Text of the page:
favourite moments # 2 – the frog party

This the second in my posts about favourite moments of nature observation that have occurred over the past couple or so years. It’ll help to pass the time spent indoors this winter as I wait to be back out observing insects, spiders, frogs and others.

I shot this photo in late summer 2003. It’s of a small “party” of Leopard Frogs (Rana pipiens) basking together on the aquatic vegetation in the small artificial pond in our garden. Each afternoon, the little group would convene to socialize for an hour or so. Most days, they would hop into the water if I came too near with the camera, but on this day, they seemed oddly mesmerized and allowed me to approach within inches.

That summer, I had several goldfish in the pond — raised from small “feeder fish” purchased at a pet store. By summer’s end, they had grown to a remarkable size despite the fact that I never had to feed them as they were able to find plenty to eat among the aquatic plants. I used to find it quite amusing to watch the interaction between the goldfish and the frogs. The fish would sometimes approach the aquatic vegetation and nudge it around. One afternoon, I happened to catch 2 or 3 of the goldfish pushing a water lettuce back and forth across the tiny pond, occasionally making it slowly spin, while a frog sat atop the plant.

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9 Responses to “favourite moments # 2 – the frog party”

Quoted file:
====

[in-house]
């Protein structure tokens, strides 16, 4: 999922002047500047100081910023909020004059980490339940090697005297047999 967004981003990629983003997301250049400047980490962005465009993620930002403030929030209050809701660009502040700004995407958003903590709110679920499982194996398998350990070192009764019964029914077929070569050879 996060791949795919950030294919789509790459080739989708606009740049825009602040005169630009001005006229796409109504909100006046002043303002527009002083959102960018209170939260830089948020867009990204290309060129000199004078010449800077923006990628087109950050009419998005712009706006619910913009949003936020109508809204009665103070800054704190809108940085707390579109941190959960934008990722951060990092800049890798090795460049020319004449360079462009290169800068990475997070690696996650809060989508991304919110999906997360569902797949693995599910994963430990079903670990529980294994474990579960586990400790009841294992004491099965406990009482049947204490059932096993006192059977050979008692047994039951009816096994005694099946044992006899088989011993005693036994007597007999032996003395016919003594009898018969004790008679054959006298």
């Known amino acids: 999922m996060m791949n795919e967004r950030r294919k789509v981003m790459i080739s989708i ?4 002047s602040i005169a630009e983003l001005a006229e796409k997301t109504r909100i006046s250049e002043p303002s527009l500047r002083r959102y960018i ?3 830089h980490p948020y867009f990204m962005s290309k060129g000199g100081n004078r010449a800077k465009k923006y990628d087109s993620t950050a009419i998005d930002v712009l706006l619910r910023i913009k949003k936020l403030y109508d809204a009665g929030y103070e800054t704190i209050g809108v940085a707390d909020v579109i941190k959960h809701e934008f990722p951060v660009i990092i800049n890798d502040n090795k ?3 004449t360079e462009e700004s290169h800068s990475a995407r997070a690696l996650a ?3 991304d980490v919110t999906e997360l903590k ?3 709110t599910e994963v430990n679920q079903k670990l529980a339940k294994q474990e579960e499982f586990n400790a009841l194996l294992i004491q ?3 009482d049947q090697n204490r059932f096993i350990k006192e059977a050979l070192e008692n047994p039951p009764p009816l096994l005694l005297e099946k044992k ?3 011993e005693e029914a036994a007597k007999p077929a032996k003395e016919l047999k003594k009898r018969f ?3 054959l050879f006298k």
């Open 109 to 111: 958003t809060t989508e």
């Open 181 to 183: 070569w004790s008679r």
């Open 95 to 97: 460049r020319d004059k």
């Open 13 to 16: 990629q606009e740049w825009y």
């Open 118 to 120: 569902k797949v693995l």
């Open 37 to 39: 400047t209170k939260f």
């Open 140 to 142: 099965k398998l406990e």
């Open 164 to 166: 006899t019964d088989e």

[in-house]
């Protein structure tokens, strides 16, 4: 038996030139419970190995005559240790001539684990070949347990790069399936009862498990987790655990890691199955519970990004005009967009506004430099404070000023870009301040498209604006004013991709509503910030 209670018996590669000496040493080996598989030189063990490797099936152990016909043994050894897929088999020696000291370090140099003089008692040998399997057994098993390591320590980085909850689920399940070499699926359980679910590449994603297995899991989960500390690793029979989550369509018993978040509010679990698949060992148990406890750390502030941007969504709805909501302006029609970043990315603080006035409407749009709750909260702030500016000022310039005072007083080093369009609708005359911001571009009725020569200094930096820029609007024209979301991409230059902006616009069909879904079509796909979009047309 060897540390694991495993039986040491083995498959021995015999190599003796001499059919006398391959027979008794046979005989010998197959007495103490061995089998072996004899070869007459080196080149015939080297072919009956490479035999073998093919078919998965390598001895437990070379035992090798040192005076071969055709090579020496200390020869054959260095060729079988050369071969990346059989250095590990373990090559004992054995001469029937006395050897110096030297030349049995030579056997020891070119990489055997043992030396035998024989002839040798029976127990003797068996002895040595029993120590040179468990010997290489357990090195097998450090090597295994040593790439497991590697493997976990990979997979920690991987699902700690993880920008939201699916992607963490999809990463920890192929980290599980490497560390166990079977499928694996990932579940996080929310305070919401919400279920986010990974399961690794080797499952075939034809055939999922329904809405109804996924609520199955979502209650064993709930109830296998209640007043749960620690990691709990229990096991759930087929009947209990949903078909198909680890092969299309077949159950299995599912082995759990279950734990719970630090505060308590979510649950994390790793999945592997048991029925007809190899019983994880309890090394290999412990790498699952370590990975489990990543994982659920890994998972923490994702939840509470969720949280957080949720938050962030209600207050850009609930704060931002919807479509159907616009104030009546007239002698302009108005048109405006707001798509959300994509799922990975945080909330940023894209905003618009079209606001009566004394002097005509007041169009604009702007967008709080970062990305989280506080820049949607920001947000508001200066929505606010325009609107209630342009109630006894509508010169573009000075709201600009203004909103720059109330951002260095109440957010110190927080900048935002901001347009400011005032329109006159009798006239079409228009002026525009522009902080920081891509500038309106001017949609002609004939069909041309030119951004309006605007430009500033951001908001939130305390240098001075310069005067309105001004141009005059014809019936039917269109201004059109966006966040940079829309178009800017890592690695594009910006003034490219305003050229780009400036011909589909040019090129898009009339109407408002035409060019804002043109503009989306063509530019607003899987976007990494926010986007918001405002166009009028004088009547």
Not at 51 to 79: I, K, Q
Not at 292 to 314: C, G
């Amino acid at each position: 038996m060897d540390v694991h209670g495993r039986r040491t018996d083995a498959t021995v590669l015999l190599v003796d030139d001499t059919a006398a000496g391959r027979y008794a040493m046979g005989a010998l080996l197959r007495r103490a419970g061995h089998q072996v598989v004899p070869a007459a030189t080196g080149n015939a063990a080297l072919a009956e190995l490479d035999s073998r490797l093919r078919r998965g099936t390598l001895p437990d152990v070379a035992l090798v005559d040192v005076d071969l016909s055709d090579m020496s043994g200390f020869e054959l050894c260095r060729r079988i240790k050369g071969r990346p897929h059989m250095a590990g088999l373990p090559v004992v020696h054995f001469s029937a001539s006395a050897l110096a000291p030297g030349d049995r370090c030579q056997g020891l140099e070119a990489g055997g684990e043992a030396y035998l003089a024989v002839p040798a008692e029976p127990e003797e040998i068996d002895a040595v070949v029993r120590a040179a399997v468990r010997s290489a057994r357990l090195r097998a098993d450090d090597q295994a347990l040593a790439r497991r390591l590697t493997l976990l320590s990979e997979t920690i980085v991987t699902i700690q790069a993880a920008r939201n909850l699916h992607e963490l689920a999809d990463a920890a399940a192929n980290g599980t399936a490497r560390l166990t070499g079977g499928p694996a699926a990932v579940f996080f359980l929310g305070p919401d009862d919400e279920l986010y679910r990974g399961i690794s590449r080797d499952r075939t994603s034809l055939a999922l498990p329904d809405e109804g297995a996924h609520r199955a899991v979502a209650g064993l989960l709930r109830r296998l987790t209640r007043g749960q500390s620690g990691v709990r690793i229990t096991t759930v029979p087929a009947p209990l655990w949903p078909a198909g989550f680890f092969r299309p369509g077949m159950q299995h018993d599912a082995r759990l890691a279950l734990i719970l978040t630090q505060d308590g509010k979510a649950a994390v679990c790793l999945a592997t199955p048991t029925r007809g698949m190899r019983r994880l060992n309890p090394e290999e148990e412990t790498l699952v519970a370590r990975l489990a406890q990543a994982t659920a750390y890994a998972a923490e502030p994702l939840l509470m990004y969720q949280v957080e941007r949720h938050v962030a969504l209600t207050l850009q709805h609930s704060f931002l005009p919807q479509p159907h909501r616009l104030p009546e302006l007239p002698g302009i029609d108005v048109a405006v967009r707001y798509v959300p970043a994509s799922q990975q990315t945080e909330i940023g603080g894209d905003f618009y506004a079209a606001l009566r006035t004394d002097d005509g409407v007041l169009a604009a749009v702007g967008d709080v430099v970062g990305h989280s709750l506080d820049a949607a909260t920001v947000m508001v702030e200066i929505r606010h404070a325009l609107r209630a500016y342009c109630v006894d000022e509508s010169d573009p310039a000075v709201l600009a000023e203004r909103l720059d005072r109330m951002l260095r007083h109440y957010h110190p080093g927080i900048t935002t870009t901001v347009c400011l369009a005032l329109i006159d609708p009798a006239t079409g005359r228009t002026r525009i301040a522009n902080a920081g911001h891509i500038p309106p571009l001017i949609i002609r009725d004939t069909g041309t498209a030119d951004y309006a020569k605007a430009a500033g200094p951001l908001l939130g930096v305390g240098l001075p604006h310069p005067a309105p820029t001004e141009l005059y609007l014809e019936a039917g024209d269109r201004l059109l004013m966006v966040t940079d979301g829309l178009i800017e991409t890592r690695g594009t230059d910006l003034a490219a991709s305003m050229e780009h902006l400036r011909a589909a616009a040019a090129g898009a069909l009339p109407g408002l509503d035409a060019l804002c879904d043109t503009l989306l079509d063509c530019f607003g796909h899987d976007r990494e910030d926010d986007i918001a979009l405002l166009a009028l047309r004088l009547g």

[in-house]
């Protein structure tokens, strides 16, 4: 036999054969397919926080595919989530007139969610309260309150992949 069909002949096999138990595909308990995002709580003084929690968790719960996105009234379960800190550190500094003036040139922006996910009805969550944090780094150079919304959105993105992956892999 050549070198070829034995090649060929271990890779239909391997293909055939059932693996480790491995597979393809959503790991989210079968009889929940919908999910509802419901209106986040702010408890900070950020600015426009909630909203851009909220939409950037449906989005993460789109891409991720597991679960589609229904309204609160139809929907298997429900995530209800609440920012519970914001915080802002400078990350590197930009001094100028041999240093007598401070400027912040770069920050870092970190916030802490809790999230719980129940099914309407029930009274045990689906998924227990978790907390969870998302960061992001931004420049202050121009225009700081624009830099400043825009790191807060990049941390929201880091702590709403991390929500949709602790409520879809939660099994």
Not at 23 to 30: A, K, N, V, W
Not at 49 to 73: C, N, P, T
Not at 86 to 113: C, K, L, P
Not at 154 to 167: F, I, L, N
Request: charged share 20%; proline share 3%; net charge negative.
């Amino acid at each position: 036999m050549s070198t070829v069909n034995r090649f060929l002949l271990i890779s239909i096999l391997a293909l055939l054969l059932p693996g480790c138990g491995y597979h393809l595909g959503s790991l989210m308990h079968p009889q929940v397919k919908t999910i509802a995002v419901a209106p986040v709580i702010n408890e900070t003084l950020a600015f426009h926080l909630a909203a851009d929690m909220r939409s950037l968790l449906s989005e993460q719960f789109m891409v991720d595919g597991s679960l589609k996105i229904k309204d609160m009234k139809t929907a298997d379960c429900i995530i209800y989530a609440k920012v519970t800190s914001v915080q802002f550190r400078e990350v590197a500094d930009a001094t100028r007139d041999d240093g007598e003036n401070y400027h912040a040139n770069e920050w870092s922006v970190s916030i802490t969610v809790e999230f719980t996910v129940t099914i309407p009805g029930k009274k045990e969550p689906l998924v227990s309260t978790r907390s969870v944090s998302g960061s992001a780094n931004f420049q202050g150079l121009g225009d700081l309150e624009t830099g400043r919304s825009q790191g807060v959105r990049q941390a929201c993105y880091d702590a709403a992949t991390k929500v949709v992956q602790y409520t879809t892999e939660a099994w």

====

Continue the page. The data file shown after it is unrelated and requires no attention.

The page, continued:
1. robin andrea Says:

    That is a beautiful photo, bev. They look like frog petals on a wild and exotic flower. We stocked our little pond with feeder fish in 2004 and have not restocked it. The fish restock it themselves, and when they are big enough by late fall, the heron and raccoons come to eat them. The babies are too small for the predators to find, so in spring we see them, and they have reached the size of the original feeder fish we stocked. Do you still have your original stock of fish, or have they been eaten? We also have never fed our fish, and they seem to find plenty to eat.

  2. burning silo Says:

    robin – thanks! Funny thing, but the frogs have always struck me as looking like part of a flower too! Regarding the goldfish, we had the same ones for a few years and would bring them indoors and keep them in an aquarium in the house over winter. I never found any small ones in the pond, and I suspect our winters would just kill them off. I have heard of someone who had a goldfish pond with one end that went under a sort of garage, and their fish did survive the winters up here. Most people seem to either bring them indoors as we did, or just give them away at the end of the season. I finally lost all of my fish one autumn a couple of years back. I used to empty the pond out in fall and scoop the fish out with my net. This time, I got it emptied almost all the way down and no fish in sight.. but then I found one with some big bites out of the side of it, and also in the last of the water, was one of those large predaceous diving beetles. I believe that was the culprit! I didn’t buy any new fish this year as I figure the frogs are probably doing a good job keeping the insect population under control around the pond.